The return of the tactile photo token

We have been closely watching the creative scene in Eastern Europe at Achtung and dedicated an entire issue to the movement with our Spring 2020 issue called Go East. One of the most buzzing capitals in the East is Warsaw with designers, models and photographers making a name for themselves on a global stage. Even Polish Vogue is talked about at the moment. Add to this creative scene a new wave of entrepreneurs led by Oskar Smolokowski the CEO of Polaroid. Yes, Polaroid the photo company which has a special place in the hearts of fashion photographers, designers and stylists as their instant photo went from useful tool to its own photographic genre in no time. Everyone from Helmut Newton to Guy Bourdin has published a book showcasing their Polaroids which originally were photos taken to check lighting and staging.

But let’s talk about Polaroid CEO Oskar Smolokowski. At just 31, the former CEO and recent Chairman of the Executive Board actually belongs to the generation of digital natives. The young man is also the son of Polish billionaire Wiaczeslaw Smolokowski, a former musician who got rich in the oil business and who is now the main owner of the Polaroid company. In 2001 the company founded by the great visionary Edwin Land in 1937 faced bankruptcy for the first time. Seven years later, to the horror of many, production was finally stopped. But then the Austrian Florian Kaps started the almost impossible with a few colleagues. A documentary film about Polaroid called The Impossible Project was released, which depicts the undertaking of rescuing the company, especially the European factory in Enschede, Netherlands. In 2010, after laborious reconstruction and the search for new suppliers with more environmentally friendly chemicals, the first, highly complex films were produced again. Smolokowski fell in love with the tactile magic of the medium while encountering the project in Manhattan and got on board as intern. Smolokowski actually studied engineering at the time and then moved to fine arts. For five years he learnt everything about the history, the process, the cameras and finally took over product management.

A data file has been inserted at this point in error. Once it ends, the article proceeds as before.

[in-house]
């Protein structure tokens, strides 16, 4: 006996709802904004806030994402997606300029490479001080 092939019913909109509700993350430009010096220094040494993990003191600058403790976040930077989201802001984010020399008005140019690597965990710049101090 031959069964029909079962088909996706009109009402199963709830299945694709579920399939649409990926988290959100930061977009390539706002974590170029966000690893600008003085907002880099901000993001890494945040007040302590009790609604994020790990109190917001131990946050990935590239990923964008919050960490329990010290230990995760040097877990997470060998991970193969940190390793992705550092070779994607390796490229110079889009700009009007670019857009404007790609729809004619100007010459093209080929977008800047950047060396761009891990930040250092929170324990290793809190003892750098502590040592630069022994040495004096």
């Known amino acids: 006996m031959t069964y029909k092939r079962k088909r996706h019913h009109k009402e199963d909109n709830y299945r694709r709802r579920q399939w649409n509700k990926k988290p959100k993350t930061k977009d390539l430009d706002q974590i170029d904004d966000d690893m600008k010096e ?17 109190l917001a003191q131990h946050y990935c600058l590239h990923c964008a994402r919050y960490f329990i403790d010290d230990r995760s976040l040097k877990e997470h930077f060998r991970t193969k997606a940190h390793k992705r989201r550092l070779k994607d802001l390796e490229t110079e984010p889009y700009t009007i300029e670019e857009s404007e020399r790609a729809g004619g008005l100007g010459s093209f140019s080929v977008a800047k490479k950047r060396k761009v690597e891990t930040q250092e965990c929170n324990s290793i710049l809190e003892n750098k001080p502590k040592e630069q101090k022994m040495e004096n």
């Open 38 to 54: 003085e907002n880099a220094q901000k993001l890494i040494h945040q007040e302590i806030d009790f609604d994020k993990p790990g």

Recently, Polaroid launched the first new camera model in over twenty years: the Polaroid Go. Smaller camera, smaller frame – the films are almost 60 percent smaller than the size of a classic Polaroid 600. This also makes them more affordable, the startetur set with a camera and two films is available from around 140 Euros. The Go in a trendy design, with double exposure and self-timer, is primarily intended to inspire a younger target group for an analog product. Retro-chic and nostalgia have been in trend for years, for example vinyl sales are increasing again. As a result of the pandemic, this development and the longing for real things have increased again. “We have received an enormous number of inquiries, especially in the last few months,” says Smolokowski. People no longer only want to use photo apps like Instagram, they want the real thing. The sound, the smell, the feel – ultimately also the old meaning of photos. “I am attracted to something that can happen outside your phone screen,” says the 31-year-old. And with the pocket size Go camera he has created a credible option for a generation who finds space for a mobile everywhere. We used the new Go to capture actress Lilith Stangenberg when she came to our office for meetings to discuss our new print issue and at the same time shot the covers of our first and most recent Achtung issue with it.

Oskar Smolokowski the CEO of Polaroid